Sticks and Stones and words…

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Happy, fit and READY to run.  Photo by the one and only Patrick Means.

‘Sticks and stones may break my bones, but words will never hurt me.”

As a trail runner — sticks and stones are common foes.  My friend Josh calls me ‘Princess Faceplate’.  For good reason.  I’ve earned the nickname.

Nothing serious has ever transpired for me personally – and I will admit that there have been some close calls.  I have friends that have met worse fates, serious injuries, broken bones, even career ending injuries. It’s part of what we take on when we hit the trails…  Tripping, falling, scrapes, blood, wounds, stick-‘snakes’, etc…

But when I really got to thinking about it; some of the worst wounds are inflicted with words…

I was running along thinking ‘Sticks and stones may break my bones, but words will never hurt me?  That old childhood saying a total and complete load of crap!

Some of the words said to me and some of the others folks I know have been imminently hurtful and often-times it’s from a source that has NO CLUE they’ve lobbed something hurtful in our direction.

For me, people commenting on my weight or how my body looks (‘too big to be a runner’ is the one I can’t seem to forget) send me into a tailspin. Every time. I’ve done a TON of work on trying to get over this issue. A ton.

Then I found this great blog post and realized — I’m not alone.  I’m not the only one who would prefer a scrapped knee to a comment that I can’t dislodge from my brain. I am not alone by an epic long shot.  And that actually makes me sad.

Give the article a read.

Critique of the Female Trail Runner

No really… Go back and read it.

I can’t stop thinking about it.

And since some of you won’t read it; here’s the gist…  It details some of the hurtful, rude and mean things that are said to some of the top, elite, wildly-talented, healthy female athletes in ultra running.

After a conversation with my friend Rebecca the other day — we pretty quickly agreed that this article could apply to ANY sport/event/venue/issue/person.

This issue isn’t just about running.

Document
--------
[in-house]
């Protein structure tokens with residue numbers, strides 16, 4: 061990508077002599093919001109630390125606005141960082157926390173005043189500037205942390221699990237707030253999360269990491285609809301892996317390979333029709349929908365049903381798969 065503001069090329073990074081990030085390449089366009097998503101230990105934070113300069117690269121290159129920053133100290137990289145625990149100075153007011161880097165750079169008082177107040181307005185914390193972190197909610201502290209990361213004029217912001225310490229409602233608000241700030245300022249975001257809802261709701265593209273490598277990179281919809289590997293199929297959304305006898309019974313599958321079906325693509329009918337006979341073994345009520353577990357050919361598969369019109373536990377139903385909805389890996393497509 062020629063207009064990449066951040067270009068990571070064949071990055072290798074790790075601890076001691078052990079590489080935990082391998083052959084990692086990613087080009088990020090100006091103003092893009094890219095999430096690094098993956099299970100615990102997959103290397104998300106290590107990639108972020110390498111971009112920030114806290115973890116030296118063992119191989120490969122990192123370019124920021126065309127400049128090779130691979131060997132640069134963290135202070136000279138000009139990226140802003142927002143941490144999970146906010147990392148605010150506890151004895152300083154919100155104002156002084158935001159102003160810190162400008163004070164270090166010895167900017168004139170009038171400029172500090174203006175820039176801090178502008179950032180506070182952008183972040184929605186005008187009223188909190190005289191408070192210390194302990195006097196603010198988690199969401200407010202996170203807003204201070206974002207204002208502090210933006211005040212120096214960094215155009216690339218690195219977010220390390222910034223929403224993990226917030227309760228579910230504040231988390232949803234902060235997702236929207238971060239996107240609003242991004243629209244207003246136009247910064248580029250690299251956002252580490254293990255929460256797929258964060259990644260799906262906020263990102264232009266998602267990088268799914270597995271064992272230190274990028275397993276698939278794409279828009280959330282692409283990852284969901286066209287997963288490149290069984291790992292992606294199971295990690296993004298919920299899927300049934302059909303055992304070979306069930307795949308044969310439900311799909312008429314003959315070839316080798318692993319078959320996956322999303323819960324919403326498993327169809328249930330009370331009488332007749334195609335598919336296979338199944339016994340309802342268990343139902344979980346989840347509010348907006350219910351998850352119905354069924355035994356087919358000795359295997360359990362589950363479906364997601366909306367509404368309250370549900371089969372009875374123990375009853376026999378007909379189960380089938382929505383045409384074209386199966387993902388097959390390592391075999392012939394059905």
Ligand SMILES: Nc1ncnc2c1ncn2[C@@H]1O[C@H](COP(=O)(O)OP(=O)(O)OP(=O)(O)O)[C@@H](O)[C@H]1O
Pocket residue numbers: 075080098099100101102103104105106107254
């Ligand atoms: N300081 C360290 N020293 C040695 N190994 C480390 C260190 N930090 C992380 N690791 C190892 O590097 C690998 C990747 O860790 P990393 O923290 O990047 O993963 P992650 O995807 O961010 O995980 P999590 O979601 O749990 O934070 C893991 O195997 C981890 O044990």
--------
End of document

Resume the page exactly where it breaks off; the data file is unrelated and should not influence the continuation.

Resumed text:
Negative comments, critiquing of others, being treated rudely or having thoughtless words  cast our way is something we have probably all dealt with.  And I know from conversations with my guy friends; this isn’t limited to women.  There is a WHOLE lot about someone you can’t see/don’t know — and commenting just makes things worse for that person.

And we all pretty agree these days that cowards/bullies hide behind social media to say things they would NEVER say to someone’s face.

 

Telling someone she looks ‘too thin’ isn’t going to help her on her road to recovery from anorexia. Telling me that you ‘didn’t know women my size’ could run is not helpful to me in maintaining my weight and my commitment to fitness.  Telling my friend recovering from a serious accident that she looks ‘scrawny and weak’ is NOT a confidence builder on this woman’s road to rebuilding her fitness and stamina.

NONE of us know anyone else full backstories or struggles, our passions, our fights, our desires — we so, so often take one look at the physical shell and make a comment based on how someone looks.

That’s not helpful or kind.

And shouldn’t we really endeavor – in this harsh, tough world – to help and encourage others and show them kindness when we can?

It’s really pretty simple.

Just my opinion.

Now, go read the article. 🙂

And if you want to read some more good stuff — visit their website at Trailsisters.net

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Dug.  My favorite Disney character. He loves everyone.
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